Industry Insights: Stewart Gilray, Oddworld Inhabitants

Industry Insights: Stewart Gilray, Oddworld Inhabitants [Hosted by SPOnG]

Date: 25/03/2013

Interviewer: SPOnG

Interviewee: Stewart Gilray

Source: http://spong.com/feature/10110971/Interview-Industry-Insights-Stewart-Gilray-Oddworld-Inhabitants

As part of an ongoing series, SPOnG gets the unedited, open and highly informed opinions of developers, producers and more in the vast world of computer games.

Industry Figure: Stewart Gilray
Job Title: CEO
Company: Just Add Water / Oddworld Inhabitants
Best Known For: Oddworld series

Stewart Gilray is the CEO of Just Add Water, the british development studio tasked with revitalising the much-loved Oddworld brand. With digitally distributed versions of Strangers Wrath satisfying fans, and a remastering of PS One classic Abe’s Oddysee coming soon, it seems like the outfit is on track to fulfil its mission.

Let’s see what Stewart thinks about the latest trends taking place in the industry.

Q: Do you feel that an always-online future would be a positive one, for both developers and gamers?

Stewart Gilray: I think it’s a pain for DRM types, like we’ve seen with SimCity, and I’d actually say that that’s a terrible step for both customers and the industry. But having an always-on system that can update in the background, or give new features to benefit the player is definitely welcome. I do question if the internet access infrastructure is where it needs to be yet.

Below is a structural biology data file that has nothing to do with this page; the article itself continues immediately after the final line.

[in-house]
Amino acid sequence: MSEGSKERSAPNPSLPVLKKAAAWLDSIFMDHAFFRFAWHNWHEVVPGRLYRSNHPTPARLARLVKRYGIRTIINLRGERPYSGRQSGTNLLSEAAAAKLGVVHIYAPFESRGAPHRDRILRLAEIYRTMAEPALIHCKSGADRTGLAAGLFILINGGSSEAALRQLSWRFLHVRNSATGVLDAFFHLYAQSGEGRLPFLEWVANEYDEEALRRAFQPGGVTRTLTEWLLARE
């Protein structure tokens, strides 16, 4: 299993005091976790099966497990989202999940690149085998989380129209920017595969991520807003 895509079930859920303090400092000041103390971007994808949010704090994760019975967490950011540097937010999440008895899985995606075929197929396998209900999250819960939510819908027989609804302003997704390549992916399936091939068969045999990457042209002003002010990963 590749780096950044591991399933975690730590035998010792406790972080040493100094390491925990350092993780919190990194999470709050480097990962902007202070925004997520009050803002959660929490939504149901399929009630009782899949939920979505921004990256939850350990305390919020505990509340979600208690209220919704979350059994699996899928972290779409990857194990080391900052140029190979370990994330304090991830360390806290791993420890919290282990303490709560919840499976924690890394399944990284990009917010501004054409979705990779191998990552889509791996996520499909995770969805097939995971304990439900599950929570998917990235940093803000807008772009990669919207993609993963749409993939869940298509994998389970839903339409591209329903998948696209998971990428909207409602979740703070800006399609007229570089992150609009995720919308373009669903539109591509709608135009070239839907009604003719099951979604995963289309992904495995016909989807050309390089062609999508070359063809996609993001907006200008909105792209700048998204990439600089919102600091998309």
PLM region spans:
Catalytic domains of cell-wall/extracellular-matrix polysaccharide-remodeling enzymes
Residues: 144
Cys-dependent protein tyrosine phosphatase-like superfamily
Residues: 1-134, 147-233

Q: Following Sony’s PlayStation 4 reveal event, how successful do you think next-generation consoles will be in capturing the indie and mobile gamer?

Stewart Gilray: I think if Sony carry on as they have, and Microsoft decided to follow suit then it should be great. Sony have been extremely positive with their support for indies in the recent years, and long may it continue.

Q: How important is it to create new intellectual properties for existing platforms? Should the final years of a console generation consist of already-established franchises?

Stewart Gilray: Interesting question, and not one I’m sure I can answer fully, but I’d imagine it shouldn’t matter too much. Unless of course you’re investing MEGA bucks into the project and your customer base has hopped to the new platform, then that is a problem.

However, it’s not as if every PS3 or 360 is going to be binned overnight with the PS4/new xbox replacing them, so there will be a relevant market for a decent amount of time at least.